Their breakthrough accomplishments revealed for the first time how far animals like deer and fox wandered in a day, how deep gophers burrowed underground, and where fish swam in the waters of the university’s Cedar Creek Ecosystem Science Reserve.
“We would have coffee in the morning and come up with an idea and say, ‘Oh, that sounds like a great idea! Let’s do that!’ ” recalled Donald Siniff, who was part of the team. “Everything was new.”
In his oral history, Tester credited the many team members for their contributions.
“These people were very innovative and made the project a success,” he said.
He also revealed the surprising inspiration for the project — the 1957 launch of Russian spacecraft, Sputnik 2, which carried the first animal to orbit the earth: a dog named Laika.
“The Russians knew a lot about this dog,” he said. “They knew its heart rate. They knew its body temperature … So, here is this dog whirling around in space with all this information coming back to Russian scientists.”
Tester said the University of Minnesota scientists were compelled to track animals on earth, and began submitting proposals for funding.
“This project did not have a snowball’s chance in hell of working, so that was a setback, of course,” he wrote. “But we kept going.”
The team’s work earned them invitations to speak and work around the country and abroad. They used their technology to track polar bears, seals, otters and feral horses. “It was absolutely unique,” Siniff said of their work.
Tester’s research from that era has been cited in scientific journals as recently as 2010, said Emilie Snell-Rood, an associate professor in the university’s Department of Ecology, Evolution and Behavior. Tester helped found the department, where he taught for decades before retiring in 1998.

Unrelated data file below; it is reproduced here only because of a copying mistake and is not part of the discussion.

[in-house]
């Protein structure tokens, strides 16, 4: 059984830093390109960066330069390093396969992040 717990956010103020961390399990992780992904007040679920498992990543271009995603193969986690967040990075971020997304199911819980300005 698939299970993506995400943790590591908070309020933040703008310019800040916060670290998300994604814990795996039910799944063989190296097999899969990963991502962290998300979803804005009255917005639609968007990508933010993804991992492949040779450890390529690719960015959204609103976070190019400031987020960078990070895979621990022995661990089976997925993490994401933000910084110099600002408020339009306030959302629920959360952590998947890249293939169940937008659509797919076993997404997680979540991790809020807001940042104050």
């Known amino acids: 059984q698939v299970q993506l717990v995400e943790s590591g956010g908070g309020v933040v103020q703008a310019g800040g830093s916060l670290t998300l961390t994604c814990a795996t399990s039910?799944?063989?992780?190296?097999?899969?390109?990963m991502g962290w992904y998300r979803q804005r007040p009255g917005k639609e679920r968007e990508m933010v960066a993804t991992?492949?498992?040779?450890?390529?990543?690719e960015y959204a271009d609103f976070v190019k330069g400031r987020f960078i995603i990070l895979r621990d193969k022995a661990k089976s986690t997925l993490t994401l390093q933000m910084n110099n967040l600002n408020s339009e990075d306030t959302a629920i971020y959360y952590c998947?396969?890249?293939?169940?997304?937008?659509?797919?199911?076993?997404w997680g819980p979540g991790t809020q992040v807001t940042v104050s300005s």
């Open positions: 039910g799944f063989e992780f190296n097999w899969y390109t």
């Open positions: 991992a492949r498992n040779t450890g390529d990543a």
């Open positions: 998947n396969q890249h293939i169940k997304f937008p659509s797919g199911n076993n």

He was an early advocate for many practices that were novel at the time, including collaboration between scientists and using controlled burns to maintain prairies and forests.
As for those toads? Tester discovered they overwintered underground in large, strange earthen knolls strewn across the landscape called mima mounds.
“They would dig down in the soil and have to live between the descending front line and the water table in the ground, and if the frost line goes too deep, the toads have to enter the water table and they drown,” he said in his oral history. “If they do not dig deeper into the water table, they freeze to death so it is a pretty grim existence for them in certain winters.”
John Moriarty, senior manager of wildlife for the Three Rivers Park District, spoke to Tester about the research a few years ago before he republished his book, “Amphibians and Reptiles in Minnesota.”
“He was doing that [research] in the late ’50s and early ’60s, but it’s still some of the best natural history information that is out there on toad hibernation and toad movement,” Moriarty said.
Tester is also survived by his son, Hans, two grandchildren, a niece and a daughter-in-law. A celebration of Tester’s life is scheduled for 3 p.m. Jan. 11 at the American Swedish Institute, 2600 Park Av., Minneapolis. Donations can be made to the university’s John Tester Itasca Research Fund.